Not a new article, but one that bears reposting as we approach the new year, a traditional time of reflection.

See if you can find the time, over the next couple of weeks, to answer the following questions about your business:

  1. In one sentence, what does your product do and who buys it?
  2. In one sentence, why does someone buy your product?
  3. What one thing is most responsible for preventing sales?
  4. What one thing could you do to get more feedback from customers, potential customers, or sales you've lost?
  5. If you had zero revenue from now on, on what date would you run out of money?
  6. If someone handed you $100,000 today, how would you spend it to maximize future profits?
  7. If you were forced to hire someone today, how would you define her job such that she would contribute enough revenue to cover her expenses?
  8. Which of your business operations do you hate?
  9. What initiatives could be done half-assed without significant impact?
  10. If you could get one solid hour of advice from a guru you respect, what would you discuss and what would be the goal of the meeting?
Stealth mode startups  

Mostly correct advice, for most cases, to startups in stealth mode:

... stop being in stealth mode. Stop asking for advice. Stop doing your start-up. You're not ready.

Jason Freedman of HumbledMBA proposes these key reasons why you should never be in stealth mode:

  1. Execution is more important than the idea;
  2. Someone else has the exact same idea anyway;
  3. Completely unique ideas generally don't make it;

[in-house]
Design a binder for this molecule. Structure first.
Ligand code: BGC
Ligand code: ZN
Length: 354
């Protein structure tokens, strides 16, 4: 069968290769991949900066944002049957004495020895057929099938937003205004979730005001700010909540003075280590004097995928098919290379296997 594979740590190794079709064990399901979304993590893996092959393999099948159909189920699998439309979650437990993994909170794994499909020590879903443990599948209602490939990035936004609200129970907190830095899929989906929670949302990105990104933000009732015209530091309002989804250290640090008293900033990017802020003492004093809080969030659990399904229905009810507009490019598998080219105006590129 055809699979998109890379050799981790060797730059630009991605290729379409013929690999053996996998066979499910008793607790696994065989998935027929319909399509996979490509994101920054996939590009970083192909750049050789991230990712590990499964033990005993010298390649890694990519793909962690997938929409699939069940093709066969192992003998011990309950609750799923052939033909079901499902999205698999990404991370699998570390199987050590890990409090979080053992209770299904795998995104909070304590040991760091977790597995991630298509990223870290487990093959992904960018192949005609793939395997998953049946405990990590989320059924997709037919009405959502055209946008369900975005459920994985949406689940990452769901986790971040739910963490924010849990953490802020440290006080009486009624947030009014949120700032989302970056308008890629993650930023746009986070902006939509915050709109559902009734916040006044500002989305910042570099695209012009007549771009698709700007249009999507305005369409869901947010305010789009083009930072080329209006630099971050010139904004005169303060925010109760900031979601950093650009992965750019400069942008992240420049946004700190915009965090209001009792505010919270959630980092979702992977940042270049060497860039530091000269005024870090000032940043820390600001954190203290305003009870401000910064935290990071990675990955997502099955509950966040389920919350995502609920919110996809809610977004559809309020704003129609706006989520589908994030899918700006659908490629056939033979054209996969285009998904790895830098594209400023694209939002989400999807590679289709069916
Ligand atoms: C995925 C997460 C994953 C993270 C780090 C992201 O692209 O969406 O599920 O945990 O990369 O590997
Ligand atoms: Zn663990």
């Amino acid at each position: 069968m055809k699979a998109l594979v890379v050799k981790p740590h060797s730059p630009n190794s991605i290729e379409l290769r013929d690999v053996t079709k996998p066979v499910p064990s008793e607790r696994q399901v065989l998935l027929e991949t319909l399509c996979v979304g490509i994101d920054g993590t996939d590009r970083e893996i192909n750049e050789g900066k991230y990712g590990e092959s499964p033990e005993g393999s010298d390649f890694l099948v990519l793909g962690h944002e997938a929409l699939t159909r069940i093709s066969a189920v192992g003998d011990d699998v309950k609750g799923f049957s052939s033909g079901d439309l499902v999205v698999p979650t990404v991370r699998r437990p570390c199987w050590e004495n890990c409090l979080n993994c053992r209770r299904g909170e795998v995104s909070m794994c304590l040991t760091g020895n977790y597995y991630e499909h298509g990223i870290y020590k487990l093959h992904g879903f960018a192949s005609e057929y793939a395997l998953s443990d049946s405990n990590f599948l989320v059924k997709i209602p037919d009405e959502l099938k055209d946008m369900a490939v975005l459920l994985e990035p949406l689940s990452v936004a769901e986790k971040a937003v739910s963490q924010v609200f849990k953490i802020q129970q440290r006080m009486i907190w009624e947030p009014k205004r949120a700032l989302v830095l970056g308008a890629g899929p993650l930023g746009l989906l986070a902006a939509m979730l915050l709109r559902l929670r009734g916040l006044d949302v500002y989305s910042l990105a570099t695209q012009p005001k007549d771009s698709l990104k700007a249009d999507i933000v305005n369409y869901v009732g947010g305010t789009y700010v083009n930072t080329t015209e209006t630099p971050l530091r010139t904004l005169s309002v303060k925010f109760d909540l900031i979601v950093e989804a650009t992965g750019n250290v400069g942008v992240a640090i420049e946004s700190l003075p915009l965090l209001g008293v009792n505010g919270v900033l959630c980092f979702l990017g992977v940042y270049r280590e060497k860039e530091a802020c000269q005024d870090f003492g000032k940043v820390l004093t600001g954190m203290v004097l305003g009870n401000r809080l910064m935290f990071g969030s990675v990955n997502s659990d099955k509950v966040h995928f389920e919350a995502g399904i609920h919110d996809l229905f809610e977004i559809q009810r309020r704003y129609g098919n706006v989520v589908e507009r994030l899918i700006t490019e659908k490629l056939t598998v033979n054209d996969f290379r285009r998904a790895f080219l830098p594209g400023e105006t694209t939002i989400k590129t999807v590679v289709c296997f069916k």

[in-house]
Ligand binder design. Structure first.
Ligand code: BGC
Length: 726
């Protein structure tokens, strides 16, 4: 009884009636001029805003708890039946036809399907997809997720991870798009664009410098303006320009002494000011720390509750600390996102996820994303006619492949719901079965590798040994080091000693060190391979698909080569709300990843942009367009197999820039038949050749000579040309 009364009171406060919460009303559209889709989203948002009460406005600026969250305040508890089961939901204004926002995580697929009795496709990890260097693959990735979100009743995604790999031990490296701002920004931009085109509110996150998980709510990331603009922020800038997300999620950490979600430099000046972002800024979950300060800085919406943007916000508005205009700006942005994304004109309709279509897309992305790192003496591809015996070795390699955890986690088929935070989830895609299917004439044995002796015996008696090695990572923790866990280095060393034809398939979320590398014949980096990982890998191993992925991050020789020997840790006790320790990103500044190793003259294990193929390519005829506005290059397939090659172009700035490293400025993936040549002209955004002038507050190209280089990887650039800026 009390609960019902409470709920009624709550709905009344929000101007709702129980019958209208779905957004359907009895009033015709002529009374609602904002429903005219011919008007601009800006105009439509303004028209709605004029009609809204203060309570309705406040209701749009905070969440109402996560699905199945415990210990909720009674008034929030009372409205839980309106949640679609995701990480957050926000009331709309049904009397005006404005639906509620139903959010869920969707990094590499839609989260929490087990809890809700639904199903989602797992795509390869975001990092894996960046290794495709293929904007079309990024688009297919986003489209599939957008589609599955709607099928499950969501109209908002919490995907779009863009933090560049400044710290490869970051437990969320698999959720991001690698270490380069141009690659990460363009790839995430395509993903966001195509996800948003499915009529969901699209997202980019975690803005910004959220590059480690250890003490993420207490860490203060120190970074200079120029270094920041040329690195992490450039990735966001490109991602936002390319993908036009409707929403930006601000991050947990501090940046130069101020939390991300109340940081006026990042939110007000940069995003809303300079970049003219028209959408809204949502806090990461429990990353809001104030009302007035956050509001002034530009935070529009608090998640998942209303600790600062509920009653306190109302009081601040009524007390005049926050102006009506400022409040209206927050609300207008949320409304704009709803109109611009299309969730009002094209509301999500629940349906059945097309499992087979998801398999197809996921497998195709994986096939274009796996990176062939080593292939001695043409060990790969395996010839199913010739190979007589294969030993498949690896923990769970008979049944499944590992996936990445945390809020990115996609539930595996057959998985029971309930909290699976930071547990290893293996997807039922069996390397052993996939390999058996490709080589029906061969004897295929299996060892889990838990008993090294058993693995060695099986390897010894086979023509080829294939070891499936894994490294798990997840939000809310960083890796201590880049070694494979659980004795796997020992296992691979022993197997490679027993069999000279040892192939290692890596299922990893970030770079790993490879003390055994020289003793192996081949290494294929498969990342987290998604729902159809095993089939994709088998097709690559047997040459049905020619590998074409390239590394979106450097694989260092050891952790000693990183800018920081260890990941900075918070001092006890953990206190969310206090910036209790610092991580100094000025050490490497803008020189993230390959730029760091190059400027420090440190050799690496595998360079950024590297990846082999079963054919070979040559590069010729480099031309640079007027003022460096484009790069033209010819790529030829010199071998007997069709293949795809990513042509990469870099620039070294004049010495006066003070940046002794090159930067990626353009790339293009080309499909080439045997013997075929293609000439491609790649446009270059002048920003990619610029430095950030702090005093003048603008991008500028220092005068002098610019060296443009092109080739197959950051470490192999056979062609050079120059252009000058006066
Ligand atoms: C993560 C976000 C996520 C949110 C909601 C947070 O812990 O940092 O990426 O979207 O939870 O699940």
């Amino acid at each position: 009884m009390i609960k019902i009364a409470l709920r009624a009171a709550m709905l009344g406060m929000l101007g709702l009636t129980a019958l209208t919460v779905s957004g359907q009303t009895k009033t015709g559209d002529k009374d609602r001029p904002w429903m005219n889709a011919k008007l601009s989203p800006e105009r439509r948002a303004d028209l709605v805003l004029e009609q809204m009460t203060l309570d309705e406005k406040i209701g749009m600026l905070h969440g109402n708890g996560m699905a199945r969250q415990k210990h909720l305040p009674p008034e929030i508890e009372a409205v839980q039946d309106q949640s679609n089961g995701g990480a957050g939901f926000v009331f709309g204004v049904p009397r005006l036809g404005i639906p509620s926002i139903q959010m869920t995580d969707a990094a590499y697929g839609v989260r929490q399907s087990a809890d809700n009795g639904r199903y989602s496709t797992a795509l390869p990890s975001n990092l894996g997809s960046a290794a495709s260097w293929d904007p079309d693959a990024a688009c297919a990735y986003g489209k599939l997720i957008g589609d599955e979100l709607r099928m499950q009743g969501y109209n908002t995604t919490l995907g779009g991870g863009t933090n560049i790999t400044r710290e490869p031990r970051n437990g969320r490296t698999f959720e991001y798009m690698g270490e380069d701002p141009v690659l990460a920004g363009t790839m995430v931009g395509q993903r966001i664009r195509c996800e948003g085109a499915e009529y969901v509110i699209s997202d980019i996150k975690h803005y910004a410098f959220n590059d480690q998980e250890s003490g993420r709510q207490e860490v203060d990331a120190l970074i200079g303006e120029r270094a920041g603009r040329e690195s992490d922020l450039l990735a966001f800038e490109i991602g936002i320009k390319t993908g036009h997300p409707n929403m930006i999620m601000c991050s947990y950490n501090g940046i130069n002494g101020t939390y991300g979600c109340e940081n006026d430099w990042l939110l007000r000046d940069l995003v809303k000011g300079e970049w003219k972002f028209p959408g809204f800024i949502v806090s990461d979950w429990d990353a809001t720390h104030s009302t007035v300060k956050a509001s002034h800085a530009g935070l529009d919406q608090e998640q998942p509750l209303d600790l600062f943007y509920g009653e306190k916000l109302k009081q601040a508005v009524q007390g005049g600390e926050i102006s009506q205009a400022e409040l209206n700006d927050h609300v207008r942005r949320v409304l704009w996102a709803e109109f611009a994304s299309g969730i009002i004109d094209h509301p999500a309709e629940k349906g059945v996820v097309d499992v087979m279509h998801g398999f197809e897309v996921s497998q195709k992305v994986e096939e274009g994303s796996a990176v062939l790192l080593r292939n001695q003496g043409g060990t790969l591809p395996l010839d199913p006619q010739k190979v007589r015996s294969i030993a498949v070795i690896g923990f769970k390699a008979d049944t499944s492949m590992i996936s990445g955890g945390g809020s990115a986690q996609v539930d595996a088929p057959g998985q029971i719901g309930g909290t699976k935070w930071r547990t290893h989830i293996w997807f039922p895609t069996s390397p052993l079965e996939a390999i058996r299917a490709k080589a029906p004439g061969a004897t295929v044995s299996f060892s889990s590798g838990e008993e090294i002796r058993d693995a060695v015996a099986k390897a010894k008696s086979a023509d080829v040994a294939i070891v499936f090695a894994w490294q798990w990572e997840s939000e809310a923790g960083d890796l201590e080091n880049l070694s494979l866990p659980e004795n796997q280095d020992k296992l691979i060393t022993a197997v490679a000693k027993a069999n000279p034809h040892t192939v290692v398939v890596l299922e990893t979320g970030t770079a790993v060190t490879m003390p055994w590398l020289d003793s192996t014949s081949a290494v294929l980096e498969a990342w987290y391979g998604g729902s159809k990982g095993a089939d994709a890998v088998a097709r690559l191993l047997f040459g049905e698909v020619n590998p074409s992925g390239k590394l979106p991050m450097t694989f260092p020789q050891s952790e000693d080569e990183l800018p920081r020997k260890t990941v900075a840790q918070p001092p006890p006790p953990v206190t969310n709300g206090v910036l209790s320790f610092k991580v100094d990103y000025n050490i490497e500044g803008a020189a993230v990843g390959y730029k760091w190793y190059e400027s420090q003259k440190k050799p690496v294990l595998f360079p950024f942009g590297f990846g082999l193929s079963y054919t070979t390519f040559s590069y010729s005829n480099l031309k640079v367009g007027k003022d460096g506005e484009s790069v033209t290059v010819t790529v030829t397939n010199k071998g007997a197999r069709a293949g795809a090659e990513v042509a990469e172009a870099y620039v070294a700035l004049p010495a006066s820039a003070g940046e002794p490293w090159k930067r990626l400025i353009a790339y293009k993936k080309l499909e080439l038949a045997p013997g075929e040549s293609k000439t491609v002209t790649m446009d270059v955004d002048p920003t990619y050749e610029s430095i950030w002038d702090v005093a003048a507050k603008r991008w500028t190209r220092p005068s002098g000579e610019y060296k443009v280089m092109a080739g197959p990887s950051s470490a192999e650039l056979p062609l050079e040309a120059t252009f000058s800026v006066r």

4. The most likely cause of failure is your incompetence, not the competition;
  5. You desperately need real feedback;
  6. First mover advantage is just silliness.

Another side-effect, perhaps less important, of stealth mode, is that people you meet in networking events will think you're a startup newbie (and they'll probably be right). You won't get the same level of introductions, because who wants to risk their reputation introducing someone who doesn't even know the basics of startups? Instead, you'll get lots of advice about why you shouldn't be in stealth mode.

My first startup was involuntarily a stealth startup. We didn't tell anyone other than friends because we didn't think it was that important, and we wanted to build a sense of excitement around the launch. It was one of the main reasons the product stank at launch.

If you don't get user feedback from the right people during product development, your product will suck. That was lesson from startup number 2. It's not enough to get feedback, you need feedback from paying users, as soon as you possibly can, or else your product development bus will drive down the wrong road, and it's damn hard to turn it around later.

There's always a caveat, though, always a context where this doesn't work. I believe it works for most web startups, but in other industries, stealth mode may be de rigueur.

Recruiting in the Valley: the recruiter honeypot  

Elaine Wherry has written a detailed analysis of recruiting in the Valley. If you're based anywhere else, it may be of mostly intellectual interest, but if you're competing for developers there, it seems like a must-read - and highly entertaining, too.